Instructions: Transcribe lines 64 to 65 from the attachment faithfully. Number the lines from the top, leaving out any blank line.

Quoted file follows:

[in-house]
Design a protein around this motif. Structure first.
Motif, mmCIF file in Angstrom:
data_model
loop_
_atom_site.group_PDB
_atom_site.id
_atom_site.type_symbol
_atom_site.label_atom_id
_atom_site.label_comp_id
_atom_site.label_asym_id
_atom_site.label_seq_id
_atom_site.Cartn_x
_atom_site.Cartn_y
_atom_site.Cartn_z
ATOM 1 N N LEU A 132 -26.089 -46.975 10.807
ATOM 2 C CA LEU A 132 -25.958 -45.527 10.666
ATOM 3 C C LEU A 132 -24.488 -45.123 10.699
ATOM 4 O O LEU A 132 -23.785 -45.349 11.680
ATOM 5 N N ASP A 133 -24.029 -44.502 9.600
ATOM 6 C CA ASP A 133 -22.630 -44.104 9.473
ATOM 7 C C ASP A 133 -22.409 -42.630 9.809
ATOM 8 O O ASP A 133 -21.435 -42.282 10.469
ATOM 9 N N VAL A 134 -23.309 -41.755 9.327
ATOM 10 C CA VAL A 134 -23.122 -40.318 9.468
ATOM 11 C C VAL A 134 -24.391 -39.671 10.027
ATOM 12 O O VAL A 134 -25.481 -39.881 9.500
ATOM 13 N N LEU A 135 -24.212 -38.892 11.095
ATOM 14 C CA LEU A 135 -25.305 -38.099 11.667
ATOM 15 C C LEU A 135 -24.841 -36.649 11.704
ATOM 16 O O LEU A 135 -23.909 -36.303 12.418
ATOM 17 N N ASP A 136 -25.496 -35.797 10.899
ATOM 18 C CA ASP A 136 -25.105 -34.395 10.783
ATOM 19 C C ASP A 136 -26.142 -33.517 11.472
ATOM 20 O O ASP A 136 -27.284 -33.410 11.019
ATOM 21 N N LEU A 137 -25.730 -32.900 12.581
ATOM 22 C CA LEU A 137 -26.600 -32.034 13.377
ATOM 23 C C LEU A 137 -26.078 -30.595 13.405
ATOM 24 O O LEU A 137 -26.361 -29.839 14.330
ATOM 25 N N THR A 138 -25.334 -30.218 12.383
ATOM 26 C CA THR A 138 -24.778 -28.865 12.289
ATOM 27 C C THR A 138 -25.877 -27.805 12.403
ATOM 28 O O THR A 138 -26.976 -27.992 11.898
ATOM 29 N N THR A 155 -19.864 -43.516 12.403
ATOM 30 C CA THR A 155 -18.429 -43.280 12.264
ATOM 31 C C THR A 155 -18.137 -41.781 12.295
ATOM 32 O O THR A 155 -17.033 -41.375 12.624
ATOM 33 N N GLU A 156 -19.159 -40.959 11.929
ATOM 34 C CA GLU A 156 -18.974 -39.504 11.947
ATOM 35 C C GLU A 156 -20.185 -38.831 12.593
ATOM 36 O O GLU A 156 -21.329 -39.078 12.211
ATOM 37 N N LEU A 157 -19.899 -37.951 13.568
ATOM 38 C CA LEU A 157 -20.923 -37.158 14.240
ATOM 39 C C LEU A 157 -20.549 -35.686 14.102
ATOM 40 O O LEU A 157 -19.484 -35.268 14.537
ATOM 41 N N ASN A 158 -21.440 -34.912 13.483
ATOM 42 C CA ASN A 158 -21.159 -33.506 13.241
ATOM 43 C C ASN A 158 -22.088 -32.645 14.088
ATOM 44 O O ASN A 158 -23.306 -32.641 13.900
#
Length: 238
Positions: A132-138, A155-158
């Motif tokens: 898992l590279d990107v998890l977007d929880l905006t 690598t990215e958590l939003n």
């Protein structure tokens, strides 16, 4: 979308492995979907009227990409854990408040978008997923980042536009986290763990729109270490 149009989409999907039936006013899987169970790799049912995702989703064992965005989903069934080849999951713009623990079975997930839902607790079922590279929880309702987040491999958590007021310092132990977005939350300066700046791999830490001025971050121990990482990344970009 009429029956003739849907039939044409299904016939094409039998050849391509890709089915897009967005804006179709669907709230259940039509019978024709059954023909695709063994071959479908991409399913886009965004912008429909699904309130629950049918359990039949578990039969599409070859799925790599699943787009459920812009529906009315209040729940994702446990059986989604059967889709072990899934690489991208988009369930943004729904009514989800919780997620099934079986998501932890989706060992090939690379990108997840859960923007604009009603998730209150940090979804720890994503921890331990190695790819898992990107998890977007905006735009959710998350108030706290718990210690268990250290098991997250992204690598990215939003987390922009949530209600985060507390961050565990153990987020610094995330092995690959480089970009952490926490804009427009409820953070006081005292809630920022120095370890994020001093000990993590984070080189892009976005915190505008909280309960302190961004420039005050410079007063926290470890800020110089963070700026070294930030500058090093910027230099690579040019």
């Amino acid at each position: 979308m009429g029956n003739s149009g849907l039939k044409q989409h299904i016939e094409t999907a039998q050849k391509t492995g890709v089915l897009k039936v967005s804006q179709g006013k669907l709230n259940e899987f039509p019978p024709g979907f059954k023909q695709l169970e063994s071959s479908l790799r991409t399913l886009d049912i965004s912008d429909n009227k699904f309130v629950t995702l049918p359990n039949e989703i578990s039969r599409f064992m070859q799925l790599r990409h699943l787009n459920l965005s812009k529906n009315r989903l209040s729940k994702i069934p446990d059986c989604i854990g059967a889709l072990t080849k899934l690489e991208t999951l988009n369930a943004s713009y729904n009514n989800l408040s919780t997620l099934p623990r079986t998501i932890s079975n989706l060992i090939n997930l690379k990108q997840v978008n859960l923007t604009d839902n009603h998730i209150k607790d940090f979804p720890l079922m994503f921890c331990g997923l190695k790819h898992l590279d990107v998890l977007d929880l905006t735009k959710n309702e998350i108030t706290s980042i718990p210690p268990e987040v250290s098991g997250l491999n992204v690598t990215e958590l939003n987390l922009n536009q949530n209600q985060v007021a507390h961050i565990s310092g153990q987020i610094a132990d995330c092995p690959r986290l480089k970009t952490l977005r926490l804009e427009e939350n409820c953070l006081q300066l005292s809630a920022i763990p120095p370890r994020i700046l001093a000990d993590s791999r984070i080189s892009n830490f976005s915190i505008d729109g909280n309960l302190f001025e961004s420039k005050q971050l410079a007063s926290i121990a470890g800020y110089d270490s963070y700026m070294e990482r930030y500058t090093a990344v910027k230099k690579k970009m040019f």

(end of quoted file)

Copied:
């Protein structure tokens, strides 16, 4: 979308492995979907009227990409854990408040978008997923980042536009986290763990729109270490 149009989409999907039936006013899987169970790799049912995702989703064992965005989903069934080849999951713009623990079975997930839902607790079922590279929880309702987040491999958590007021310092132990977005939350300066700046791999830490001025971050121990990482990344970009 009429029956003739849907039939044409299904016939094409039998050849391509890709089915897009967005804006179709669907709230259940039509019978024709059954023909695709063994071959479908991409399913886009965004912008429909699904309130629950049918359990039949578990039969599409070859799925790599699943787009459920812009529906009315209040729940994702446990059986989604059967889709072990899934690489991208988009369930943004729904009514989800919780997620099934079986998501932890989706060992090939690379990108997840859960923007604009009603998730209150940090979804720890994503921890331990190695790819898992990107998890977007905006735009959710998350108030706290718990210690268990250290098991997250992204690598990215939003987390922009949530209600985060507390961050565990153990987020610094995330092995690959480089970009952490926490804009427009409820953070006081005292809630920022120095370890994020001093000990993590984070080189892009976005915190505008909280309960302190961004420039005050410079007063926290470890800020110089963070700026070294930030500058090093910027230099690579040019």
């Amino acid at each position: 979308m009429g029956n003739s149009g849907l039939k044409q989409h299904i016939e094409t999907a039998q050849k391509t492995g890709v089915l897009k039936v967005s804006q179709g006013k669907l709230n259940e899987f039509p019978p024709g979907f059954k023909q695709l169970e063994s071959s479908l790799r991409t399913l886009d049912i965004s912008d429909n009227k699904f309130v629950t995702l049918p359990n039949e989703i578990s039969r599409f064992m070859q799925l790599r990409h699943l787009n459920l965005s812009k529906n009315r989903l209040s729940k994702i069934p446990d059986c989604i854990g059967a889709l072990t080849k899934l690489e991208t999951l988009n369930a943004s713009y729904n009514n989800l408040s919780t997620l099934p623990r079986t998501i932890s079975n989706l060992i090939n997930l690379k990108q997840v978008n859960l923007t604009d839902n009603h998730i209150k607790d940090f979804p720890l079922m994503f921890c331990g997923l190695k790819h898992l590279d990107v998890l977007d929880l905006t735009k959710n309702e998350i108030t706290s980042i718990p210690p268990e987040v250290s098991g997250l491999n992204v690598t990215e958590l939003n987390l922009n536009q949530n209600q985060v007021a507390h961050i565990s310092g153990q987020i610094a132990d995330c092995p690959r986290l480089k970009t952490l977005r926490l804009e427009e939350n409820c953070l006081q300066l005292s809630a920022i763990p120095p370890r994020i700046l001093a000990d993590s791999r984070i080189s892009n830490f976005s915190i505008d729109g909280n309960l302190f001025e961004s420039k005050q971050l410079a007063s926290i121990a470890g800020y110089d270490s963070y700026m070294e990482r930030y500058t090093a990344v910027k230099k690579k970009m040019f």